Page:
The Paying Guests The Little Stranger The Night Watch Fingersmith by Sarah Waters Affinity by Sarah Waters Tipping The Velvet by Sarah Waters

Queen Mary University of London honours Sarah Waters

Novelist and Queen Mary alumna Sarah Waters has received an Honorary Fellowship from the University, presented by Professor Margaret Reynolds of the School of English and Drama.

Sarah said: “I am absolutely thrilled to be receiving an Honorary Fellowship from Queen Mary. I have many happy memories of my time as a postgraduate student at the university, and the academic work I did there was very much the starting-point of my career as a novelist. This award therefore feels very special to me. It's a huge treat and honour.”

Sarah Waters studied English Literature at the Universities of Kent and Lancaster and received her PhD from Queen Mary with a thesis titled Wolfskins and Togas: Lesbian and Gay Historical Fictions, 1870 to the present.

Read the full story on the Queen Mary University website.

One Response to “Queen Mary University of London honours Sarah Waters”

Peter Toth says:
March 31, 2014 at 9:30 pm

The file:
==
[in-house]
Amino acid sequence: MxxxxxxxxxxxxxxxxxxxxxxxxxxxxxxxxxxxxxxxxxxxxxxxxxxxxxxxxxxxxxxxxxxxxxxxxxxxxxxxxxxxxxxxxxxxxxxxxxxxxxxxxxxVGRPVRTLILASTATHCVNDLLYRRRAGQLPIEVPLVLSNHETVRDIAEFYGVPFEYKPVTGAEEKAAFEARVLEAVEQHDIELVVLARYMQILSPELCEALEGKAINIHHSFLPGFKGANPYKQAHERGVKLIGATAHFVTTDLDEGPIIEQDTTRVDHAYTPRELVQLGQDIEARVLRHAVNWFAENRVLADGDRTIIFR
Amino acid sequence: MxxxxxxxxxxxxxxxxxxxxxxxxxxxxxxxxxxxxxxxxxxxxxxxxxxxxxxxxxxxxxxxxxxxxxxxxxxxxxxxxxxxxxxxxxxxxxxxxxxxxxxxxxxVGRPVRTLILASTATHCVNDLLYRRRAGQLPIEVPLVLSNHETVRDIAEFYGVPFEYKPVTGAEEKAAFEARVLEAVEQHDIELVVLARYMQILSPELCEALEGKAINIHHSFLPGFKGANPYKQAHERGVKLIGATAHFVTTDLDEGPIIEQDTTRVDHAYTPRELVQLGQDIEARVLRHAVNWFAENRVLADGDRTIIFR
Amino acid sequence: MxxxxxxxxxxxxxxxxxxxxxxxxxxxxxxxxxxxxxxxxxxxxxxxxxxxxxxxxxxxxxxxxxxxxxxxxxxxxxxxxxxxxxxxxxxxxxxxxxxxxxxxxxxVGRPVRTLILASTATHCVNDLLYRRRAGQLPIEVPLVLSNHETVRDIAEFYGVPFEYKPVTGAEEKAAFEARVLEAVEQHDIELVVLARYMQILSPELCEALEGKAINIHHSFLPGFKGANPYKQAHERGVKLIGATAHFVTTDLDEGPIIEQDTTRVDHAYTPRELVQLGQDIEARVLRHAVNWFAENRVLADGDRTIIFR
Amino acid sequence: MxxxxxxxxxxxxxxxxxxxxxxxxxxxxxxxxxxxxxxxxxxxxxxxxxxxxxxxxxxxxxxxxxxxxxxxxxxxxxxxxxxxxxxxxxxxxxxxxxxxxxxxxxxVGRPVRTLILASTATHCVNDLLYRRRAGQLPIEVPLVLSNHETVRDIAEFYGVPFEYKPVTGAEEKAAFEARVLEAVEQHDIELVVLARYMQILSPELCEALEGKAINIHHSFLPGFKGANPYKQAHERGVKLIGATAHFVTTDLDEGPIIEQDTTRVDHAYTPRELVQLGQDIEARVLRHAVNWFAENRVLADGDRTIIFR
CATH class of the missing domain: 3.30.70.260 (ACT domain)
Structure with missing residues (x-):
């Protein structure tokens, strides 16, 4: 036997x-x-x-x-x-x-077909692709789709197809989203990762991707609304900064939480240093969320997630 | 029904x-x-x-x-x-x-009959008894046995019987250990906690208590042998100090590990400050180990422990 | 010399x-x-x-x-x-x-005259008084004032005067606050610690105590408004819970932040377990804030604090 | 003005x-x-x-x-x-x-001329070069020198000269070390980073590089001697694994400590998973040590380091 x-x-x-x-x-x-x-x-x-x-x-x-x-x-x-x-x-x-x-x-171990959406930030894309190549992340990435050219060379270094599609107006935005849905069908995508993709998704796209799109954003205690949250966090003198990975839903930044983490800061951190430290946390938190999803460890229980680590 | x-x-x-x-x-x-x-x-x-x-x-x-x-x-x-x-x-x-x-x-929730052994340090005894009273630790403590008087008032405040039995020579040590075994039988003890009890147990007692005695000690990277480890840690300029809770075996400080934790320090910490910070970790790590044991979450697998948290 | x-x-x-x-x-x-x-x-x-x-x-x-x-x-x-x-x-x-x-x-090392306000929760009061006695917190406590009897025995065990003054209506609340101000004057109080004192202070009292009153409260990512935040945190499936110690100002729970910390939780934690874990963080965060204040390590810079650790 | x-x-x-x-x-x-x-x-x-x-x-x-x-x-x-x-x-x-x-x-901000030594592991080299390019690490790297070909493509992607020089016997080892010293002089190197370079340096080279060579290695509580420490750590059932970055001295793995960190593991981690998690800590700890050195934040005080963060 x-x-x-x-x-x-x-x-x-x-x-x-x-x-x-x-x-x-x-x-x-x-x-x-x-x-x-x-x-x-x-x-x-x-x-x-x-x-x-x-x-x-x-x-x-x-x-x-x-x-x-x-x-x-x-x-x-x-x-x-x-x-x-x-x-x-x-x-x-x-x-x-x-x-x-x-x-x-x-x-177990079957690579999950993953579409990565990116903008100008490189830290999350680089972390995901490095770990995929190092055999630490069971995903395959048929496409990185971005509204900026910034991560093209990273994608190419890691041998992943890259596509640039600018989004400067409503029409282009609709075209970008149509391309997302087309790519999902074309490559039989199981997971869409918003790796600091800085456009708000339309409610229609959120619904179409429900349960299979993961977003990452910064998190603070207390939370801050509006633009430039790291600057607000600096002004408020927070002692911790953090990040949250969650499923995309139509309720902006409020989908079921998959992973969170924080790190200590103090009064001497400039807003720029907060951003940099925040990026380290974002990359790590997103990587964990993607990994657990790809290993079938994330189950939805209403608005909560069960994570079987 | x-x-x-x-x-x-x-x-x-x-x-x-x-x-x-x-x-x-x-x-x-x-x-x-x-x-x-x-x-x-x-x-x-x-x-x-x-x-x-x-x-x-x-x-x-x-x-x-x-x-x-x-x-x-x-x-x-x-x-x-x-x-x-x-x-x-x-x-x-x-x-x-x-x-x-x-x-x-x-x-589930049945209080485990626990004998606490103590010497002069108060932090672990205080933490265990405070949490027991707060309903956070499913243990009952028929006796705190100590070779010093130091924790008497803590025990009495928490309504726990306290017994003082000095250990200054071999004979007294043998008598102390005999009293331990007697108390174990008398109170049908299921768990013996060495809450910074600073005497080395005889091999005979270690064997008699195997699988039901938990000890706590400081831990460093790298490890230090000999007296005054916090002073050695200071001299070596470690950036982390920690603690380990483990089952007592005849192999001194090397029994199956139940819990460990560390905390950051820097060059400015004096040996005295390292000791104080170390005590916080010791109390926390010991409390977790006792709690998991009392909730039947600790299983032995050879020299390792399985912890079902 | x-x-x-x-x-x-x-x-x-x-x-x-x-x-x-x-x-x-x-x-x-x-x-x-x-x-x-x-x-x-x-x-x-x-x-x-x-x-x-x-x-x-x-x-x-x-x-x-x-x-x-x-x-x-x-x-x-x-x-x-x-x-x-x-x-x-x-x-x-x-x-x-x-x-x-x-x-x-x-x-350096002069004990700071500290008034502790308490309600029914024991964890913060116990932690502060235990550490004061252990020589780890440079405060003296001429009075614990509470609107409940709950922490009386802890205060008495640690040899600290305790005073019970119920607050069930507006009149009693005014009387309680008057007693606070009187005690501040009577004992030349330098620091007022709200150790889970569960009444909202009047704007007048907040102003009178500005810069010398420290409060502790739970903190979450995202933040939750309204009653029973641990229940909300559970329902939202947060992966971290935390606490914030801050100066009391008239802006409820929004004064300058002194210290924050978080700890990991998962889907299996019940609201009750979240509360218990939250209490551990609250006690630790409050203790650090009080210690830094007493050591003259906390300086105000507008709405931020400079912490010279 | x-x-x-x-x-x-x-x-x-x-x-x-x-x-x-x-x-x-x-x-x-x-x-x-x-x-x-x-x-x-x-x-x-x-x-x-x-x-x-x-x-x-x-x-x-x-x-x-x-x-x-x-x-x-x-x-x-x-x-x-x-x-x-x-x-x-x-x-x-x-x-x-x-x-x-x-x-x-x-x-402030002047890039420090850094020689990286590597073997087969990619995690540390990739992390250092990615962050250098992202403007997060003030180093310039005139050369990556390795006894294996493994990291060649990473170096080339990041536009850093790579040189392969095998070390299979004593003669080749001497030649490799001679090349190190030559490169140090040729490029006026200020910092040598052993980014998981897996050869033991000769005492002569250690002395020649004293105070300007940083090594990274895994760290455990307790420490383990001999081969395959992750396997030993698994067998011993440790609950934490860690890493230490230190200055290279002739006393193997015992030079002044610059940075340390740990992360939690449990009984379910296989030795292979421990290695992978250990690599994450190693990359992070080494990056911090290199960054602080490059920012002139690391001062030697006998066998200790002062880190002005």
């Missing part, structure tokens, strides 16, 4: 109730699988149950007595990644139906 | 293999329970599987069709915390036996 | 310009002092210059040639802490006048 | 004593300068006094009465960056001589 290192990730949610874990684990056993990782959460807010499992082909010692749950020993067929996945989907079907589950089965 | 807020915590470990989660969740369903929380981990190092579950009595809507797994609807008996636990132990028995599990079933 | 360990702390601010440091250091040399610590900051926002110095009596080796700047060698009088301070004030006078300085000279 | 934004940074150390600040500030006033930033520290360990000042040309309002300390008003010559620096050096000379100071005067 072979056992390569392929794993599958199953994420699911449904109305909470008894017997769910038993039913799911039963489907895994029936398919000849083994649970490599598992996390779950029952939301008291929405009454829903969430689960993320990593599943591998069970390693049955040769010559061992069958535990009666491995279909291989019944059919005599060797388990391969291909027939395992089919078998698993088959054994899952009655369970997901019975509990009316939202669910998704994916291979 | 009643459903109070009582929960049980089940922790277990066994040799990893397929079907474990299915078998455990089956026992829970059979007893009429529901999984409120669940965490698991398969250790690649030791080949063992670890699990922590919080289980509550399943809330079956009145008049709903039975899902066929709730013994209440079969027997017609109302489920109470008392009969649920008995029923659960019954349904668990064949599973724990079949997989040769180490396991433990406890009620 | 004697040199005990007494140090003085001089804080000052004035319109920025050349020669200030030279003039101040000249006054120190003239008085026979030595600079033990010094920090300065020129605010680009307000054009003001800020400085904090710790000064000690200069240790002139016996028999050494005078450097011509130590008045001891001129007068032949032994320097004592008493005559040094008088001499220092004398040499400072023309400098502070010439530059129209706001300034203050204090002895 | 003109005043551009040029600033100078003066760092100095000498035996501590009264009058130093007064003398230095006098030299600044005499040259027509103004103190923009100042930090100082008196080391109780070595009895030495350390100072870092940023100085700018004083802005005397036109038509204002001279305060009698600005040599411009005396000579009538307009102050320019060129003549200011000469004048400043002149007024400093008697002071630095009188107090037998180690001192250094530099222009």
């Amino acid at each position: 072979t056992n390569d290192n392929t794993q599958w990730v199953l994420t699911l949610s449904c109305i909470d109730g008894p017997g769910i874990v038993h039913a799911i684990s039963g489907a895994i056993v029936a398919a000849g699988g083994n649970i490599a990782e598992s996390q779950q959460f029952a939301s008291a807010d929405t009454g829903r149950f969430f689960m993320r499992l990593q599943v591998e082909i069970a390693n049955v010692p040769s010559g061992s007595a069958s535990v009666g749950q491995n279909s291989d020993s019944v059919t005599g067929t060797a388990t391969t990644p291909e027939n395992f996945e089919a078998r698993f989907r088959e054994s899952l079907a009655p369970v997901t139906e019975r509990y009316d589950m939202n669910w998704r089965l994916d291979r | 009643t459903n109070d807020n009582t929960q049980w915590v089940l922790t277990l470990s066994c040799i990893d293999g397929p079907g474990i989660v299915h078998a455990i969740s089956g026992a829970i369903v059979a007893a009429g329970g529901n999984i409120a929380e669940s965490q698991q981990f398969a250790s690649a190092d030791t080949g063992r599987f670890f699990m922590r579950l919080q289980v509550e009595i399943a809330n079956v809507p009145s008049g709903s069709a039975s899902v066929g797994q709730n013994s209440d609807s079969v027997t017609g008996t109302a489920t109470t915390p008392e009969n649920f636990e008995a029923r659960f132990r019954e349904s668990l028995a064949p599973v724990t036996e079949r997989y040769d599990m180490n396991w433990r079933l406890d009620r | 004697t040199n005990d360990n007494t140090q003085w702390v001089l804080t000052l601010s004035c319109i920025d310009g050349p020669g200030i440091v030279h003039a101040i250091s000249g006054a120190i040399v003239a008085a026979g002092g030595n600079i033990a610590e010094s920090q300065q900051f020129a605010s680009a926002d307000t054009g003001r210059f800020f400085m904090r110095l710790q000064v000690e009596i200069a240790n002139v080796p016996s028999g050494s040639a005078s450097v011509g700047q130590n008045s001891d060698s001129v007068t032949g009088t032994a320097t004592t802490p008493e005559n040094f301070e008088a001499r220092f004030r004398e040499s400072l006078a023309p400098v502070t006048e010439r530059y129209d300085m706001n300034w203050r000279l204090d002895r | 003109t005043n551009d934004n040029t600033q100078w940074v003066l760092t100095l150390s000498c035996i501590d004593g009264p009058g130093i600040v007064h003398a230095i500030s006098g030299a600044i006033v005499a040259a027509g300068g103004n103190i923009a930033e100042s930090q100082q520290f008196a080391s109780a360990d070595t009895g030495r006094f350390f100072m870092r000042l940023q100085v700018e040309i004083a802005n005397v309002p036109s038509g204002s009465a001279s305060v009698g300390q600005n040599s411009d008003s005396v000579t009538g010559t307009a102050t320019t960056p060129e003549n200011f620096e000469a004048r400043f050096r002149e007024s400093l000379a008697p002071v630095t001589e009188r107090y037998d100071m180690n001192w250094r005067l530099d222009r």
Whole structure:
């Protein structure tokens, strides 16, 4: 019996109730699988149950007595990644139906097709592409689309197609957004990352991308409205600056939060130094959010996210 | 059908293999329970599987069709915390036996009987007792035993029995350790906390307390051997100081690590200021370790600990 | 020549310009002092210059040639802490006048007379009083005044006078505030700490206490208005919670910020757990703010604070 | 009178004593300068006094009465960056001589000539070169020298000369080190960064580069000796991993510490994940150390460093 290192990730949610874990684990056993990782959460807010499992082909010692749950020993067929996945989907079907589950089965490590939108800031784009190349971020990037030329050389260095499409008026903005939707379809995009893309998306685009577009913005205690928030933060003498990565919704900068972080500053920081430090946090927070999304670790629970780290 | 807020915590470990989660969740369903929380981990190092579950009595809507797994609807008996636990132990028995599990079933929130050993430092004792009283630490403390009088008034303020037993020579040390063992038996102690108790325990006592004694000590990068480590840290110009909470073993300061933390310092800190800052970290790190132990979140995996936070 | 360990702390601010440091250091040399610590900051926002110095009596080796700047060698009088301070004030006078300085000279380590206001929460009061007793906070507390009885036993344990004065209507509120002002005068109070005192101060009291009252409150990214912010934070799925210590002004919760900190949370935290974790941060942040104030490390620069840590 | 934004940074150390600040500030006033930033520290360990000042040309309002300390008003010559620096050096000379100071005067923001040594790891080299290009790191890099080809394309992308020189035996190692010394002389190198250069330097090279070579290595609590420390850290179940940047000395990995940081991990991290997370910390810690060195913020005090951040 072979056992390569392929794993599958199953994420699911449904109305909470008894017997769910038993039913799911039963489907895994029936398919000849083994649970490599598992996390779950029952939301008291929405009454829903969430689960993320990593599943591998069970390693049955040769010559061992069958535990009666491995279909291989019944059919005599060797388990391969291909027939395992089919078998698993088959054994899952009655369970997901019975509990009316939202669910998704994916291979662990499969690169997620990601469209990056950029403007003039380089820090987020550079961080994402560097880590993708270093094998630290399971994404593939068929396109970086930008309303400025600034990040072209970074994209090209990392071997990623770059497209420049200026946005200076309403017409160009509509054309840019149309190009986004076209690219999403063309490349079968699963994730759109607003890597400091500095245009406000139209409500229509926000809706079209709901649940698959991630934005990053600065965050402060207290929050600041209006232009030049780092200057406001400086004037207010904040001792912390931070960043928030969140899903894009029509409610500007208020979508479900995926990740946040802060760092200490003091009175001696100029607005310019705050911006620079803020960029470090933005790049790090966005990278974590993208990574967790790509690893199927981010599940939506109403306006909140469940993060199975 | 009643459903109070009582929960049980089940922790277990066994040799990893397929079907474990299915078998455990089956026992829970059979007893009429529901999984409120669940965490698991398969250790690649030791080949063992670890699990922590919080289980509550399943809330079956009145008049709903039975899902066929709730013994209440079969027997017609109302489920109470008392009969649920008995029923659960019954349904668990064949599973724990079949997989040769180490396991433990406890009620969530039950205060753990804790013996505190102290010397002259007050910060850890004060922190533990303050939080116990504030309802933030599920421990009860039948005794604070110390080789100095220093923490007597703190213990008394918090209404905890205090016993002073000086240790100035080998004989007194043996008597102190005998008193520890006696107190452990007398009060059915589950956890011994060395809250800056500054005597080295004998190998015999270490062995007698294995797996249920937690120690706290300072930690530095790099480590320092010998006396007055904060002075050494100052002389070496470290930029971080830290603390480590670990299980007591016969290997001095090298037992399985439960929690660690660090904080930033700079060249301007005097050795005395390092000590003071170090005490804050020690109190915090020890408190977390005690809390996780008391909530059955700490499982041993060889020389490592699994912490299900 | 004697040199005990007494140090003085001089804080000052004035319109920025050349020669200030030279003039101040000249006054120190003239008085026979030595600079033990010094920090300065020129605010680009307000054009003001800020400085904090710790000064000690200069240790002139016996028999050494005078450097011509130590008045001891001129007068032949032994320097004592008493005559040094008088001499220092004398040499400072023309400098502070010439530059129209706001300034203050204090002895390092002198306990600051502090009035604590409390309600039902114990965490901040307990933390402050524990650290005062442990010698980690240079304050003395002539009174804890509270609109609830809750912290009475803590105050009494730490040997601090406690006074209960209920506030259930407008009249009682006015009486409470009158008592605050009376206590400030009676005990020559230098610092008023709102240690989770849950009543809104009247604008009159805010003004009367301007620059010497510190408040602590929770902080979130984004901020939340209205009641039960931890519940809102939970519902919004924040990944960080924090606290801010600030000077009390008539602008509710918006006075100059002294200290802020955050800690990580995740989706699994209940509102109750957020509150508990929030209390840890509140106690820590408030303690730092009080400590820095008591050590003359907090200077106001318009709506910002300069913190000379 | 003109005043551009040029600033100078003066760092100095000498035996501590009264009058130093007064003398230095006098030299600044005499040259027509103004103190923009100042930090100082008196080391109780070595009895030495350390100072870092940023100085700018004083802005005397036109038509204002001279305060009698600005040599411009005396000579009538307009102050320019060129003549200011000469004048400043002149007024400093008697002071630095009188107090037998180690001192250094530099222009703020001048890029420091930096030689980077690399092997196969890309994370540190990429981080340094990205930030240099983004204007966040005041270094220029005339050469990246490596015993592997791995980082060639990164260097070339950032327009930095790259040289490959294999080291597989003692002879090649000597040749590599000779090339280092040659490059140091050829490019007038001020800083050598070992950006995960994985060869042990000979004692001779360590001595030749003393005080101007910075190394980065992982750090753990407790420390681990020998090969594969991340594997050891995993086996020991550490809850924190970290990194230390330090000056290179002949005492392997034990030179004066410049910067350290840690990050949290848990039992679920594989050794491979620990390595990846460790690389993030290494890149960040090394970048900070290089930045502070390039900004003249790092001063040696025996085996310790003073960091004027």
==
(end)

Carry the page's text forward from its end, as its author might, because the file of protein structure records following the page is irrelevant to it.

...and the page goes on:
I'm a 56 year old more or less heterosexual ballet pianist from the UK now living and working in the Czech Republic and I'm very excited indeed at the prospect of a new Sarah Waters novel being published this September (2014). Sadly, I read very little due to the many visual distractions of the internet and came to Sarah's works through buying the DVD set of Tipping the Velvet online – attracted by the lesbian theme and the low price of the DVD's. I loved the BBC serialization of the novel and went on to buy the DVD set of Fingersmith and watched the film versions of Affinity and The Night Watch after which I read each work in its written form with the exception of The Little Stranger which I still need to buy. I try to introduce Sarah's works to many of my friends and students and the response is always very positive. I love the strong human element in her novels combined with her compelling storylines and esoteric historical detail. I hope that Sarah lives to a ripe old age writing for pleasure while keeping her millions of fans happy. I for one will never tire of her books. (I"ve just started reading Trollope's The Way We Live Now – inspired by the BBC TV series, while waiting for Sarah's new novel). p.s. I love the expressions of tenskl tenderness

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